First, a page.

Archives for the month of: March, 2010

Without my glasses, sometimes Topsy looks like a goat. (How she got hold of my glasses… etc.)

The Large Hadron Collider started working again at CERN this morning for the first time in eighteen months.  You can follow the full coverage here, live from CERN.  The Guardian is putting out an edited version, here.  Not all live events are interesting, certainly not the same ones for everyone;  I prefer this to live sports coverage.  Is there a Small Hadron Collider?  Trond and Canahan report, below.

Last night we put the clocks forward.  Past the equinox, it seems quite late to be doing this.
Holly is today still in the same position as when you last saw her, still waiting for the snow to finish melting.

She is getting quite irritable.  You can see the footprints of one of the huge crows that I would dearly love to photograph.  They’ve always flown away by the time I’ve fetched the camera.

The snow is still about a foot deep:

Yesterday my daughter asked me to take pictures of her galloping.

Well, I suppose it’s Askur who’s doing most of the galloping.

At the top of the road is next winter’s pile of birch logs waiting to be sawn and split.  They are enormous, something you can’t see from this picture.

And then round the next bend are the young cows, who would also probably like to be outside by now.  I think I mentioned this greeting, where we yell MOOO! at each other as loud as we can.  My daughter pointed out that the one on the right has a 7 on her face.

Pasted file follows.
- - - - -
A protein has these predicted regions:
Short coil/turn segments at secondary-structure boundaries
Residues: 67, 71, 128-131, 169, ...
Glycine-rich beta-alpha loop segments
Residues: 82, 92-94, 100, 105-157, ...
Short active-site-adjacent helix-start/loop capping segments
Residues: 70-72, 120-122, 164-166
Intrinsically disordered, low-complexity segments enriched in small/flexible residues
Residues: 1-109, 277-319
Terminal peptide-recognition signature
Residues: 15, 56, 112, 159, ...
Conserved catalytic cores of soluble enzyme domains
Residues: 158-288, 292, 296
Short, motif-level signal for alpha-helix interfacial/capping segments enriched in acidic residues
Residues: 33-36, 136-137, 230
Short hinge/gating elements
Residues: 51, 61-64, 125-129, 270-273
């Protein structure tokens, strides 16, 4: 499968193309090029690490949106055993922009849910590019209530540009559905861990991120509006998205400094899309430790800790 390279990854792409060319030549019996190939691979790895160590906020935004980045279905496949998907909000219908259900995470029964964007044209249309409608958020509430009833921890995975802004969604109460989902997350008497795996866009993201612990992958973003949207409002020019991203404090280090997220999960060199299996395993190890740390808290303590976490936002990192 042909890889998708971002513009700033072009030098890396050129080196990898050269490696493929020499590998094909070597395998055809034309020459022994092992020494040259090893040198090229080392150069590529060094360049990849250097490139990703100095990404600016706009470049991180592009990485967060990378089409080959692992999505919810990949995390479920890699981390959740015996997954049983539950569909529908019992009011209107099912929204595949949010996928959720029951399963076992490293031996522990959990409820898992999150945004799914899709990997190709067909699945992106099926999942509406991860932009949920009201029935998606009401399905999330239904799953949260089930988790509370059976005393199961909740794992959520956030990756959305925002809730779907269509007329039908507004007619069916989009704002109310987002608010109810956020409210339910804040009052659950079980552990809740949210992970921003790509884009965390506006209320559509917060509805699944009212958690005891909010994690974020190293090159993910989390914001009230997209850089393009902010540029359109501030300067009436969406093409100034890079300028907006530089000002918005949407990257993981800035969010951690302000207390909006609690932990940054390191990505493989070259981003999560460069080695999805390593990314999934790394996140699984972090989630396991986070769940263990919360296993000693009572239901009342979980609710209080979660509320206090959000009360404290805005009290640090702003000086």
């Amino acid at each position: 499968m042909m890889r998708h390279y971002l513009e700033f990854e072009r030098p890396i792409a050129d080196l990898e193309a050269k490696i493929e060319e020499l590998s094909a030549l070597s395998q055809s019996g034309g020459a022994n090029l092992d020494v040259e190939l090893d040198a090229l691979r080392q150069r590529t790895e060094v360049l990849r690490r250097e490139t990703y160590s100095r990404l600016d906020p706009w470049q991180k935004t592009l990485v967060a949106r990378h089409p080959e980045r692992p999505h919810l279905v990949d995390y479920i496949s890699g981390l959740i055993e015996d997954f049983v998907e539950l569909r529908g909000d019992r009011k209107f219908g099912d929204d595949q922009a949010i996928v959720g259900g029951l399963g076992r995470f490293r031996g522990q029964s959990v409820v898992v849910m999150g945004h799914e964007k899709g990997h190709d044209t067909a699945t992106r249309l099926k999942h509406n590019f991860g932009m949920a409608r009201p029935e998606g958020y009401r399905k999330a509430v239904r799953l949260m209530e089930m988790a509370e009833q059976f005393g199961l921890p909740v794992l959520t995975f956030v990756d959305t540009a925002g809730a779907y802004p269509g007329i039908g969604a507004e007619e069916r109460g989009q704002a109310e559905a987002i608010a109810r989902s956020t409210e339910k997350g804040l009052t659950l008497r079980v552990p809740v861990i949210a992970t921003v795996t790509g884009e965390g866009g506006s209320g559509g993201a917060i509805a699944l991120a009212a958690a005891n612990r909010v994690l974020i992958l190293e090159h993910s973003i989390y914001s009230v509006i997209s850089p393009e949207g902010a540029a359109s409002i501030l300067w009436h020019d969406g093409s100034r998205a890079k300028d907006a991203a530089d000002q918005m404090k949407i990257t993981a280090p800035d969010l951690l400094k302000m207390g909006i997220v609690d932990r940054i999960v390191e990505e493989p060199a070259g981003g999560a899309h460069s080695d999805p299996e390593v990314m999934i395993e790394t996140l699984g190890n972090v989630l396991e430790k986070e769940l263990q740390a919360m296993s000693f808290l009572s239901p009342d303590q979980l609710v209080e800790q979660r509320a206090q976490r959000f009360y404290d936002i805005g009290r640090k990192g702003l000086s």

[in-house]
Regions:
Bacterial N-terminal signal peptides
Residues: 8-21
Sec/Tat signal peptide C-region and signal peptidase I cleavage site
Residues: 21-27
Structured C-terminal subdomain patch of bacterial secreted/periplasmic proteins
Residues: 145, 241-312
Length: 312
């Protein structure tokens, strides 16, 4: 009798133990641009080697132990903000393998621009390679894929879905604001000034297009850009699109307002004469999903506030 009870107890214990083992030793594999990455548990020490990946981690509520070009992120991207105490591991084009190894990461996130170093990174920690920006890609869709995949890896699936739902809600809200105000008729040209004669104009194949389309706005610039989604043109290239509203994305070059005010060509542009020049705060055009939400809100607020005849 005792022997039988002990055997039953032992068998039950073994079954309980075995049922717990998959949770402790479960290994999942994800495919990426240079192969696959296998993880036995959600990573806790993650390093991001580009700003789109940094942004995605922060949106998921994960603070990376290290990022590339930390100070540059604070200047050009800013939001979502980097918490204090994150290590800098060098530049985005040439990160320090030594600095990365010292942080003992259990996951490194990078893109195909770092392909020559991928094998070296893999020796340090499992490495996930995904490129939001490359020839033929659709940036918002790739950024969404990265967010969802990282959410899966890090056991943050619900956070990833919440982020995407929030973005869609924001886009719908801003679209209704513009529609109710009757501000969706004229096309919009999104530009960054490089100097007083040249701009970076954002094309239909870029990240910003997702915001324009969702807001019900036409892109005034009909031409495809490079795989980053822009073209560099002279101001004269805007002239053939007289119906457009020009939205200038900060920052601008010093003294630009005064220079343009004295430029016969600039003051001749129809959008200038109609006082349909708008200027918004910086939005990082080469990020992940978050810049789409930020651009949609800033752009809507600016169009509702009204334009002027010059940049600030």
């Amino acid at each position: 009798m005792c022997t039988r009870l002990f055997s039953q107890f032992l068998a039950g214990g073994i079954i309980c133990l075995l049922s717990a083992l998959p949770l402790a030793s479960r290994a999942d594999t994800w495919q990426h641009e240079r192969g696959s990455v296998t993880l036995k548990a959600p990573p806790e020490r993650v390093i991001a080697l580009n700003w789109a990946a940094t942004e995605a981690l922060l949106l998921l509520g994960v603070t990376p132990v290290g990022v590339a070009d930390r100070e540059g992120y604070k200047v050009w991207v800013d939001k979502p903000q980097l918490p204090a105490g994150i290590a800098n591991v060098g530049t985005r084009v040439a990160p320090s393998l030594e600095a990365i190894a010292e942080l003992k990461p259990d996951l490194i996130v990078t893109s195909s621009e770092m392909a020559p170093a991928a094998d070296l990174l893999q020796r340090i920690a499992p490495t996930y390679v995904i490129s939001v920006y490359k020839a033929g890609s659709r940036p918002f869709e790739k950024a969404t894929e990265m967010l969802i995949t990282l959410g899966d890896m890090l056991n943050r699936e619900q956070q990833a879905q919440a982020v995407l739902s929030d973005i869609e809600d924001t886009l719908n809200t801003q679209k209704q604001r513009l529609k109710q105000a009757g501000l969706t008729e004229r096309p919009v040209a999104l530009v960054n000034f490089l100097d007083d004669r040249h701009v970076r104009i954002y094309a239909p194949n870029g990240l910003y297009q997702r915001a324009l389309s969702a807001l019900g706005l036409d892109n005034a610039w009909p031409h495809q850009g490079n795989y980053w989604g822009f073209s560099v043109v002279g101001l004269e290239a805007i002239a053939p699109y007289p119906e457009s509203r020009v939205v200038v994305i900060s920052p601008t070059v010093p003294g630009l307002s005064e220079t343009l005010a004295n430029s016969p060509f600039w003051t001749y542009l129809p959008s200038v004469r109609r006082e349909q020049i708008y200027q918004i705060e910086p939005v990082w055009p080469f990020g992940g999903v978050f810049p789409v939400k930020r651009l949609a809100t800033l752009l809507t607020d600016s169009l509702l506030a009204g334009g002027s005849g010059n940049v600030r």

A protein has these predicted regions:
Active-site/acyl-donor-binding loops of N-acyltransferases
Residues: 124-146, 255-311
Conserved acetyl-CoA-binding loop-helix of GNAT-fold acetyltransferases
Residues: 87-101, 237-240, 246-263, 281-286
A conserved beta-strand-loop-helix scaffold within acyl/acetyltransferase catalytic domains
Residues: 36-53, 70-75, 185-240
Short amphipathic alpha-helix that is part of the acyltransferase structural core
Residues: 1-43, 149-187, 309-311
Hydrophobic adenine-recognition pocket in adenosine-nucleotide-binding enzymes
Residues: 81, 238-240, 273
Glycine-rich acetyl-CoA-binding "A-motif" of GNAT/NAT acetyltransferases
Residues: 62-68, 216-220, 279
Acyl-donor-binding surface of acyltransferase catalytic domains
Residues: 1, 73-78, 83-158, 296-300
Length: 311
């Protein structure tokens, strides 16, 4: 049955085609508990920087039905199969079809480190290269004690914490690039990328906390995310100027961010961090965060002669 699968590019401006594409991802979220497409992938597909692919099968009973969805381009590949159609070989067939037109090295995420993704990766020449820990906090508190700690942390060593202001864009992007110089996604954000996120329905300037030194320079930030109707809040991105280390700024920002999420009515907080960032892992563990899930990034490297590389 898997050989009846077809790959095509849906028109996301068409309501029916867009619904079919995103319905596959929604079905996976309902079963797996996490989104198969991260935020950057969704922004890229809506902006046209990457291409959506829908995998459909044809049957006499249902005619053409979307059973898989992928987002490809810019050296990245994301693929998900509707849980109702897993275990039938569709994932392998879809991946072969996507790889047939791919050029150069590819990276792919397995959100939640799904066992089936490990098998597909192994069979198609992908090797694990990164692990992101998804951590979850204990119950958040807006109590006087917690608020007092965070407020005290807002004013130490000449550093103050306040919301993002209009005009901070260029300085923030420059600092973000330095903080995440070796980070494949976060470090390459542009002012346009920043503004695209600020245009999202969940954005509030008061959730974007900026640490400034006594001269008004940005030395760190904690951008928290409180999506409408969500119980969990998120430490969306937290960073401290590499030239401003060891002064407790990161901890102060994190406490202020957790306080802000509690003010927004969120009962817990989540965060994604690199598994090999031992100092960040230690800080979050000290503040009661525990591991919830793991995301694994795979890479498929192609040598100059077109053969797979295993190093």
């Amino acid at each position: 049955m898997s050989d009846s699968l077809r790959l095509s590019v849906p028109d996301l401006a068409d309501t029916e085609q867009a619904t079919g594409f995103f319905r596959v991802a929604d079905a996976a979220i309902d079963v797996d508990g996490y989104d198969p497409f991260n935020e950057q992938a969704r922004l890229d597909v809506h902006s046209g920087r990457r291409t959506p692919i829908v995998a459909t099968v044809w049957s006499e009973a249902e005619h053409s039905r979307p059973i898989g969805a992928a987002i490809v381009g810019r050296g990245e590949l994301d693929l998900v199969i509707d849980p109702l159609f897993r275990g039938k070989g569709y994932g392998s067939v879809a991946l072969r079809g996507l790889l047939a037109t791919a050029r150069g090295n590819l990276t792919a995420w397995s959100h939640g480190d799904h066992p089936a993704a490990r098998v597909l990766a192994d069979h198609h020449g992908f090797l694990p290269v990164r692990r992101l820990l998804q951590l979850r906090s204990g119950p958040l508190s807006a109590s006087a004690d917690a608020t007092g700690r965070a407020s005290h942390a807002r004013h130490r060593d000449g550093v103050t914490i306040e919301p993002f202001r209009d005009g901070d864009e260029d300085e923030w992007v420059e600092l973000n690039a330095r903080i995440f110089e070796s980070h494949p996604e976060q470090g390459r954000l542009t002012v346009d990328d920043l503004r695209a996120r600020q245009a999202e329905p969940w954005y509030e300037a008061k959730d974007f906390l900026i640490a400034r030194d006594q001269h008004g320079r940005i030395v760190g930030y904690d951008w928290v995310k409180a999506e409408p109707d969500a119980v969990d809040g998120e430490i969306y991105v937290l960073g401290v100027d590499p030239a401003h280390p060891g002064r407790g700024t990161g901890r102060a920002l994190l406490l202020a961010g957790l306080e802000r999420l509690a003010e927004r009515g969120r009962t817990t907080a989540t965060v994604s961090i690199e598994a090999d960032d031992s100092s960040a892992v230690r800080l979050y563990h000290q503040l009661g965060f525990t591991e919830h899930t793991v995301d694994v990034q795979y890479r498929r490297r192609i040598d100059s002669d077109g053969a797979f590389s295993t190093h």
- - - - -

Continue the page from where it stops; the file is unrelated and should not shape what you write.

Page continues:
And then just past the fjøs is where the horses graze, if that’s the right word; they’re eating silage and hay that have been sprinkled on the snow.  The Shetland pony is Lisa.  Beyond Gimondi, the thoroughbred on the right, is the Oslofjord in the distance.

Language Hat has a post, Millrind, about English and Russian technical terms for the parts of a millstone.  I wrote in a comment: I love that broken millstone that’s now being used as paving. It reminds me of a lovely little device Lutyens used in a garden he designed with Gertrude Jekyll. He placed small bull’s-eye decorative circles in an area of sandstone paving. He made them from the concentrically-placed rims of different-sized broken clay flower-pots, filling the gaps with sand. I can’t find any pictures on the internet, unfortunately.